Something unexpected has occurred since the pandemic began and that is instead of people not being able to find a job, jobs are not being able to find people to work. In this article from NBC News, it's reported that the number of job vacancies soared to nearly 15 million by mid-March, but discouraged, hesitant, and fearful job seekers mean many positions are still unfilled, according to new data from online job site ZipRecruiter.
There are also plenty of good reasons for workers to still hang back, from ongoing concerns about the coronavirus to childcare and managing remote learning, to family obligations, to hold out for better opportunities. Economic impact payments, or stimulus checks, have also played a factor for some who are sitting out the labor market, some employers say. Factory owners and employers lament that the generosity of unemployment benefits and stimulus payments have some workers avoiding returning to work because they make more money not working.
While other industries are experiencing challenges with talent acquisition, they are particularly acute in the financial services sector. "About a quarter of CEOs said they had already had to cancel or delay a key strategic initiative in the past 12 months because the right people were not available to execute it," this PwC report on the state of millennials in the financial sector states.
Globally, accounting and finance roles (certified accountants, auditors, financial analysts) ranked seventh out of 10 positions that are the hardest to fill. In the U.S., accounting and finance roles ranked fifth out of 10 jobs that are the hardest to fill. This article from Personiv states the following:
- 81% of finance leaders say they have difficulty finding accounting talent
- 71% say recruiting is top of mind
- 50% say that lower-level talent is the hardest to find
However, there is a flip side to this dilemma, and that is the lack of range of talent accounting job seekers possess. Even though accounting firms are having a hard time finding potential employees with accounting skills, the applicants often only have basic bookkeeping and tax preparation skills, which is no longer enough to fill the needs of accounting firms. In our modern times, an accountant must be much more than a bean counter.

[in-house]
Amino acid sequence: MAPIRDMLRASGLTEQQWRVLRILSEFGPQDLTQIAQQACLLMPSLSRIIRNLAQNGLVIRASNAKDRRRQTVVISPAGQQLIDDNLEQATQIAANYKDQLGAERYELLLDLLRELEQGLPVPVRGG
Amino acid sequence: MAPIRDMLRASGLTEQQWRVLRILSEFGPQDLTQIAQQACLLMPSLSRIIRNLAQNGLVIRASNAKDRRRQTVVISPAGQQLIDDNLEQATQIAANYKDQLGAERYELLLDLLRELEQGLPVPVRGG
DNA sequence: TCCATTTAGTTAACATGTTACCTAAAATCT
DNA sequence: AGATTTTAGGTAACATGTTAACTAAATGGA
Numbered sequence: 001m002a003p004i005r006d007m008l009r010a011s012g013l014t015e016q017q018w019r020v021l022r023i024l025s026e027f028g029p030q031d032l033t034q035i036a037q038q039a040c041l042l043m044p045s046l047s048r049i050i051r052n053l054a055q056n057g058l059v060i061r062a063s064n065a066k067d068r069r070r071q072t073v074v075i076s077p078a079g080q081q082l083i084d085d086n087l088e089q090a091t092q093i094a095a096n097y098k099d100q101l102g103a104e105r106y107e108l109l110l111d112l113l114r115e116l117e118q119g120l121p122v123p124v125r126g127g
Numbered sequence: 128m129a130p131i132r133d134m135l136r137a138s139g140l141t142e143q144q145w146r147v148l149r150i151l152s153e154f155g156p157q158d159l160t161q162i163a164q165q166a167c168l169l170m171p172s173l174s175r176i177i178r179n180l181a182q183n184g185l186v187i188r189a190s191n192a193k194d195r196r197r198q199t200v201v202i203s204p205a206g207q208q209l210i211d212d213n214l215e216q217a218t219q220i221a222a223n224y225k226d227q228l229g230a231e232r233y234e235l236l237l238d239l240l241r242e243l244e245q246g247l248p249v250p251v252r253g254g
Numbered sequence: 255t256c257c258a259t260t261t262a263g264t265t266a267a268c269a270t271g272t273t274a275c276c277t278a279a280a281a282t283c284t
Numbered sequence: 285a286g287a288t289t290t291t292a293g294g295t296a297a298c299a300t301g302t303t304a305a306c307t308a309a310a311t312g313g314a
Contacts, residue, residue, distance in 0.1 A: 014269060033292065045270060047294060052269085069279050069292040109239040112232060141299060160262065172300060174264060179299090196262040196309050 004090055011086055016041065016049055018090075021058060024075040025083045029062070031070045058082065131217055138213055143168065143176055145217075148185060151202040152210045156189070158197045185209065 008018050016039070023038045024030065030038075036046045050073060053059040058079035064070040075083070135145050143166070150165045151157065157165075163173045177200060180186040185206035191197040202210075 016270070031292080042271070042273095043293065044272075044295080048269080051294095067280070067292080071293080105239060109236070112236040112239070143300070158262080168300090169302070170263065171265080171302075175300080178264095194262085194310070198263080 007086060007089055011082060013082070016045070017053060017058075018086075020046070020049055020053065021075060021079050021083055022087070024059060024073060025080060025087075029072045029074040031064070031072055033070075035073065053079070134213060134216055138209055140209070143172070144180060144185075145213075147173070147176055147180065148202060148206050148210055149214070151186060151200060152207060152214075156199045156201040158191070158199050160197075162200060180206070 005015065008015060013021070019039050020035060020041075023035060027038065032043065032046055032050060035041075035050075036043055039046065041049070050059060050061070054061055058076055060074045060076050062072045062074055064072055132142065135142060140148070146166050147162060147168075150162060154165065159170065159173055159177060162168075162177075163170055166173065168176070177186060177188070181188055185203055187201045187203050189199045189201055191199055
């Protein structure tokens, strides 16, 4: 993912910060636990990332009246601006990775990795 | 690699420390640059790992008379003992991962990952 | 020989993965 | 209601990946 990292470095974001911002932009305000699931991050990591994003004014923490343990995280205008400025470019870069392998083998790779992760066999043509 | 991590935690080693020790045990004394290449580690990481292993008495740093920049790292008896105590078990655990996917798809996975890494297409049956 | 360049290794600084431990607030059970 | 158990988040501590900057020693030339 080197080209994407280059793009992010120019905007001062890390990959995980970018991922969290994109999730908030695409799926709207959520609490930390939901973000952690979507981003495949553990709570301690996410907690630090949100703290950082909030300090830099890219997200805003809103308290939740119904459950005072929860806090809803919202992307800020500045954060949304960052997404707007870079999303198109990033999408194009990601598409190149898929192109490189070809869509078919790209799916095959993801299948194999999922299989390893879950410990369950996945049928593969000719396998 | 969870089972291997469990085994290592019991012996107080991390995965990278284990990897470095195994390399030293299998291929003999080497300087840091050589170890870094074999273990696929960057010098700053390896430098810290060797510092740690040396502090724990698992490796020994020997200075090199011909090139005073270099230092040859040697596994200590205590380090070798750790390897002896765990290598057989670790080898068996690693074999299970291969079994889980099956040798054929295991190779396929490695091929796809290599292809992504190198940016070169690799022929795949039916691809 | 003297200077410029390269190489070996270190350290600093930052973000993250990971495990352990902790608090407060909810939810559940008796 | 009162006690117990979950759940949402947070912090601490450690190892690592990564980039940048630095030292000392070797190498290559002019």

An accounting professional needs to have data analysis and other technological skills. The majority of accountants work in business and are required to handle a broad range of responsibilities beyond taxes, including financial planning, analysis, forecasting, internal controls, and decision support. They are expected to be trusted advisors who can interpret the numbers to direct corporate strategy. With the advent of AI and other automation tools, potential employees of accounting firms must also be very tech-savvy.
So what is the solution from both parties, both the applicant for an accounting job and the accounting firm seeking talent? This article from Forbes states, "employers can make greater efforts to offer internships, as well as on-the-job training, mentoring and professional development support for employees, and they can ensure accounting and finance teams remain current in their knowledge of the profession."
From the job seeker standpoint, accounting professionals must be dedicated to becoming more than “number crunchers” by developing their own leadership, technological, and business skills – which can be accomplished through a combination of continuing education, mentoring, volunteerism, certification, internships, and apprenticeships.
Still, even though there are challenges for both accounting firms and accounting professionals looking for a job, the fact remains that if you have accounting talent you are definitely in high demand. To polish up your resume, the Rules of Thumb blog from MoneyThumb suggests you take the above advice so that you can obtain the best possible accounting position. Just look at any of the advice you follow as great preparation for a successful future.